In February 2021, the Company submitted its formal briefing book to the FDA, containing detailed analysis and discussion of the Company’s then-ongoing Phase 2b study (NAV3-31) and prior studies in RA as well as the design and statistical analysis plan for the proposed Phase 3 for FDA comment. Following the feedback received from the FDA at the end of March 2021, the Company continued to work toward completing the analysis of the full NAV3-31 trial dataset and submitted the resultant briefing book containing the results of this analysis in preparation for the standard End-of-Phase 2 Type B meeting, which took place on September 1, 2021. The Company had a constructive meeting with the FDA and, based on the discussion in this meeting and follow-up communication, made agreed-upon modifications to the trial design for the Phase 3 study (NAV3-33). The Company submitted the modified protocol back to the FDA and initiated the study in December 2021. Following additional feedback from the FDA, the Company made modifications to several of the objectives. Enrollment into the Phase 3 study has begun. The pivotal Phase 3 study program will determine Tc99m tilmanocept’s capability to serve as an early predictor of treatment response to anti-TNFα therapy in patients with RA.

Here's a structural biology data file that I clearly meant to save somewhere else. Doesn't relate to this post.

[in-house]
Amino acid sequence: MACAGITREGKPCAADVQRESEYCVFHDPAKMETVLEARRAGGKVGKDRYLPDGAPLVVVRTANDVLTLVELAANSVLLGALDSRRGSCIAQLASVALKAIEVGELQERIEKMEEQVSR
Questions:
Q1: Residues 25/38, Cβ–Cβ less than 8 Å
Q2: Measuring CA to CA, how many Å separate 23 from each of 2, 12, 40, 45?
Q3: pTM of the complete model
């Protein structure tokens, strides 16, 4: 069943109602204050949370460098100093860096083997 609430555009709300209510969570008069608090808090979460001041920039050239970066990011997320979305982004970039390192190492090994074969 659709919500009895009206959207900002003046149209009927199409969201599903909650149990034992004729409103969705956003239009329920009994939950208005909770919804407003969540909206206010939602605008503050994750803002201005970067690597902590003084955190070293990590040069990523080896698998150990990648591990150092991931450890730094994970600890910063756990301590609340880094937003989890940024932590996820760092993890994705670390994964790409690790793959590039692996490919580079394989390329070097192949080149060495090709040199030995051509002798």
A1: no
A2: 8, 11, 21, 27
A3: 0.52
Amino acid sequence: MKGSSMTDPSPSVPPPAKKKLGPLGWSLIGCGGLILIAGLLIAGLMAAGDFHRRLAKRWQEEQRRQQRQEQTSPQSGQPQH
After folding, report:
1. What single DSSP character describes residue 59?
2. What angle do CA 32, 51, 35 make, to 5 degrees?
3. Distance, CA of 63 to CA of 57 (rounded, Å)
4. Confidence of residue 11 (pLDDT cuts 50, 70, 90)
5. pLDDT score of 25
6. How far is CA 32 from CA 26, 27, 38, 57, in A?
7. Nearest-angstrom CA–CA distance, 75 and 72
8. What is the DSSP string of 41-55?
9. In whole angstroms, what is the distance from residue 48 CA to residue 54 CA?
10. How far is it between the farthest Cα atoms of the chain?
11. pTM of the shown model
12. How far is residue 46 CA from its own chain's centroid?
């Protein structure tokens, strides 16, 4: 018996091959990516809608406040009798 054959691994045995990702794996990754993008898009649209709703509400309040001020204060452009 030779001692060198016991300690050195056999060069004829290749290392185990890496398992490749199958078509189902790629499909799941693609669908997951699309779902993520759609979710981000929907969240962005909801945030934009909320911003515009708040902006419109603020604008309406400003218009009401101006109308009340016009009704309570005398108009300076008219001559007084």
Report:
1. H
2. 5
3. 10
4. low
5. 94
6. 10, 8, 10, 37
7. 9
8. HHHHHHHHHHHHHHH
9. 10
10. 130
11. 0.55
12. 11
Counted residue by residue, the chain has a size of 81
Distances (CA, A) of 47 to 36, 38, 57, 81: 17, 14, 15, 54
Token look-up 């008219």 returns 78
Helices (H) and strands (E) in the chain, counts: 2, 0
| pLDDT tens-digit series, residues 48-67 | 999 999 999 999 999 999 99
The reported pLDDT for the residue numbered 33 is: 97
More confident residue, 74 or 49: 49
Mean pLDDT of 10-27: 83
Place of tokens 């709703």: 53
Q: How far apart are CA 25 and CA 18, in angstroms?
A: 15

22

 

Cardiovascular Disease

 

In collaboration with researchers at Massachusetts General Hospital, Navidea has completed two investigator-initiated clinical studies evaluating Tc99m tilmanocept’s ability to enable imaging of atherosclerotic plaques. Results of these studies provide strong preliminary evidence of the potential of Tc99m tilmanocept to accumulate specifically in and enable imaging of non-calcified atherosclerotic plaques. Non-calcified atherosclerotic plaques include plaques with morphologies indicating a high risk of rupture. Rupture of such plaques causes myocardial infarctions (heart attacks) and a significant portion of ischemic strokes. The studies compared aortic Tc99m tilmanocept uptake imaged by SPECT/CT in clinically asymptomatic subjects with intermediate Framingham Risk Scores (“FRS”) who were infected with Human Immunodeficiency Virus (“HIV”) as compared to healthy, uninfected, FRS and age-matched subjects. Tc99m tilmanocept SPECT/CT images were compared to aortic images of the same subjects obtained by contrast enhanced coronary computed tomography angiography and/or [18F]NaF PET/CT.